Click on image to see Kitty’s reaction upon discovering the Principle of Explosion…

I said a bit about how the idea that God–an omnipotent being–can do the logically impossible is probably not a good idea to accept, whether you are an Atheist attempting to push the Logical Problem of Evil (“Why, your God can’t do that? Not all powerful izzit?”), or a Theist trying to defuse the Logical Problem of Evil. This post expands on that idea and introduces you to a point about logic called the Principle of Explosion.

So let’s begin again with the issue of contention I mentioned–whether an omnipotent being can do the logically impossible, for instance, create a stone so heavy even an omnipotent being cannot move it, microwave a burrito until it’s so hot even an omnipotent being cannot eat it, etc.

Traditionally, most theologians and philosophers of religion thought that the answer is “no”: Omnipotence does not involve the power to do logically impossible things–without thereby implying that it’s not Omnipotence. There are actually quite a number of ways to cash this out but here’s an intuitive one that I like:

Look, we are talking about an omnipotent being, right? So it’s, like, so awesome that it has the power to do anything, right? (See also this.) Let’s say that it can exert an irresistible force. Ok, now turn to the other side–the stone that cannot be moved. So it’s, like, so totally badass that even an omnipotent being cannot move it, right? Let’s say that it’s an unmovable object. So you are asking if a being that is capable of an irresistible force can create an unmovable object. Ok. But if you think a being that is capable of an irresistible force exists, does it make sense for you to also think that an unmovable object exists? And vice versa? Maybe you need to make up your mind, which one do you want to posit: irresistible force or unmovable object? We haven’t really started talking about what an omnipotent being can or cannot do–we aren’t even making any sense to ourselves. Either God–an omnipotent being–exists or not. If a properly unmovable object exists, then God doesn’t exist. If God exists, then there aren’t such things as unmovable objects for God to create.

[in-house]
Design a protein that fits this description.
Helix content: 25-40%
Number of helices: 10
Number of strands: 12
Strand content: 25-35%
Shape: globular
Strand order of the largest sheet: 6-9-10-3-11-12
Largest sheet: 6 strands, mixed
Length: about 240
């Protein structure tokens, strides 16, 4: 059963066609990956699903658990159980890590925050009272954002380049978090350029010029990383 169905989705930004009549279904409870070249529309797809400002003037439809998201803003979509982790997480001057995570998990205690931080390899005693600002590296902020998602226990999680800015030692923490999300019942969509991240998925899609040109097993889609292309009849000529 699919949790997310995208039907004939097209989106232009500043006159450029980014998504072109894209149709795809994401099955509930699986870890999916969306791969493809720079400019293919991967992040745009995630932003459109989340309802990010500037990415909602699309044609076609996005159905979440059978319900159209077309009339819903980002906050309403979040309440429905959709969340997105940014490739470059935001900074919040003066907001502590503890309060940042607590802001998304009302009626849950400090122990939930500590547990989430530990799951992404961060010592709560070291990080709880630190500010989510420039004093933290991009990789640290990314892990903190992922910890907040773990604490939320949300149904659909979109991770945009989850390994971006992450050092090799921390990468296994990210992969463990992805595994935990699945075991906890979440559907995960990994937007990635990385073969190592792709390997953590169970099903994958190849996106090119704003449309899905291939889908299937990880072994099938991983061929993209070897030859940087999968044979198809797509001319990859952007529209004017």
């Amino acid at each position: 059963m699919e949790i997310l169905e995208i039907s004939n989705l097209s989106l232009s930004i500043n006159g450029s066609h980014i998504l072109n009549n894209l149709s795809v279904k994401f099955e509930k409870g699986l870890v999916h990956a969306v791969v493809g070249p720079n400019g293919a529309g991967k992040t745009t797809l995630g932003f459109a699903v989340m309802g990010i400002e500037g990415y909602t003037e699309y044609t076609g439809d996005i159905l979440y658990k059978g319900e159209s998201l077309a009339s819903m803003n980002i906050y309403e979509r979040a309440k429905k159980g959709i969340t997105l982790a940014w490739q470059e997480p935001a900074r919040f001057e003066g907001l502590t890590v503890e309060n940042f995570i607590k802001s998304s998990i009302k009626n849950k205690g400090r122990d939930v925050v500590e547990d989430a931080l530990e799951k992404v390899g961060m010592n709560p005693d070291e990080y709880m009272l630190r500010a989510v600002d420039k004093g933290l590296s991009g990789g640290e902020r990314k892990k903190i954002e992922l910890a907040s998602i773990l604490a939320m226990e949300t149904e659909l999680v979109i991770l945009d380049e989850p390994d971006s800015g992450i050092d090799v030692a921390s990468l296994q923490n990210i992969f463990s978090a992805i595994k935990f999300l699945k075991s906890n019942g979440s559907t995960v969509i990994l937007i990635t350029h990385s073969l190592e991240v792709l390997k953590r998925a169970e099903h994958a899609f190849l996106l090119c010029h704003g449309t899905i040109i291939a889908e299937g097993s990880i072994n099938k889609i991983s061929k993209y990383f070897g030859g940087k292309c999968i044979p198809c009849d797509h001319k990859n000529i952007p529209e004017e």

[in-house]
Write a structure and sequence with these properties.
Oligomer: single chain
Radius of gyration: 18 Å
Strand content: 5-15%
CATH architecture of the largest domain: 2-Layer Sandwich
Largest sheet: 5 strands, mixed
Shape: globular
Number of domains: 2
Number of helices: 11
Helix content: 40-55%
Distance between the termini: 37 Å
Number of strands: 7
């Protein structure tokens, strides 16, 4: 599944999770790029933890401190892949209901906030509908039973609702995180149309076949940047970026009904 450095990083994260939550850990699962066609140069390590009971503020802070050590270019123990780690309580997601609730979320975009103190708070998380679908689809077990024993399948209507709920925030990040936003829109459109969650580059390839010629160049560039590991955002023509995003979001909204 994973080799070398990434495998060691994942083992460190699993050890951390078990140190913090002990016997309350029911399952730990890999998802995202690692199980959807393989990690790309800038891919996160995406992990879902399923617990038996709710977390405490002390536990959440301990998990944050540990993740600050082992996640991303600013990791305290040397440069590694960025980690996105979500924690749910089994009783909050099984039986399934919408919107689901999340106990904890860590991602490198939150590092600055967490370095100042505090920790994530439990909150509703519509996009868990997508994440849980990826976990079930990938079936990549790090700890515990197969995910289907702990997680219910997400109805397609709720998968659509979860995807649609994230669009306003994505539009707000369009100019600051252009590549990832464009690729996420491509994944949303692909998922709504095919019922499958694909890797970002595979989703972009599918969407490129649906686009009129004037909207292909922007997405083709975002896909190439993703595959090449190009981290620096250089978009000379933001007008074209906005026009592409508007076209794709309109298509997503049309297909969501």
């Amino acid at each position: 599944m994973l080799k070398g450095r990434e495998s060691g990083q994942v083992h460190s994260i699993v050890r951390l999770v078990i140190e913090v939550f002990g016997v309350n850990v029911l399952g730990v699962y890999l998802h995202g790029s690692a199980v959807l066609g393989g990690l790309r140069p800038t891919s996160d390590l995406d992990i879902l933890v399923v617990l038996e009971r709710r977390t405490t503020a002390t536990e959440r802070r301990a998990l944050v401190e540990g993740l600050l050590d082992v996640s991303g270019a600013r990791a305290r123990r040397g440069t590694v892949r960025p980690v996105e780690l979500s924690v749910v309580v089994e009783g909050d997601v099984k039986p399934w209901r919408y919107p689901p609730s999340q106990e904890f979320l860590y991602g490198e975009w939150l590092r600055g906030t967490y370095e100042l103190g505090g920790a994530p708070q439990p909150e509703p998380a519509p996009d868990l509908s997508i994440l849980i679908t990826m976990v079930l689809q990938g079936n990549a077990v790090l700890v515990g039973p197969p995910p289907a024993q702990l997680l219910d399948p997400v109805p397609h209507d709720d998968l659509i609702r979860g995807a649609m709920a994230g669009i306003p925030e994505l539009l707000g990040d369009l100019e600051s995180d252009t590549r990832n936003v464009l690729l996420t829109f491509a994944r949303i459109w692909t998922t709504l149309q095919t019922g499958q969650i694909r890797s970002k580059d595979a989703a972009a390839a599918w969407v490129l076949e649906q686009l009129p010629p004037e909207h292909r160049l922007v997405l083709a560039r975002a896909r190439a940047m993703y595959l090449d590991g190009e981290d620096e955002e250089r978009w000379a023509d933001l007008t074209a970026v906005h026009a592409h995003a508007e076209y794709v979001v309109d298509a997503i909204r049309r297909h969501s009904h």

In any case, as I have already hinted at in the Webinar, Harry Frankfurt–and before him, René Descartes–wouldn’t be impressed by my reasoning. For them, there’s nothing wrong with positing an omnipotent being that can move unmovable objects. By extension, it can be both that God is omnipotent and wholly good such that evil doesn’t exist, and evil exists–if God’s omnipotence is not bound by mere logic, then why should we worry about the Logical Problem of Evil? But as I also mentioned in the Webinar, there’s a heavy price to pay for this “nuclear option”. This has to do with the principle, long recognized since the Medieval thinkers, that ex contradictione (sequitur) quodlibet–“from a contradiction, anything follows”.

As in, anything. Literally.

Modern logicians calls this the “Principle of Explosion“. The below is a standard set of workings to show how you can prove literally anything from a contradiction by means of some simple rules of deductive logic.

(1) P and not-P

(2) P (from (1), by Conjunction Elimination)

(3) P or Q (from (2), by Disjunction Introduction)

(4) not-P (from (1), by Conjunction Elimination)

(5) Q (from (3), (4), by Disjunctive Syllogism)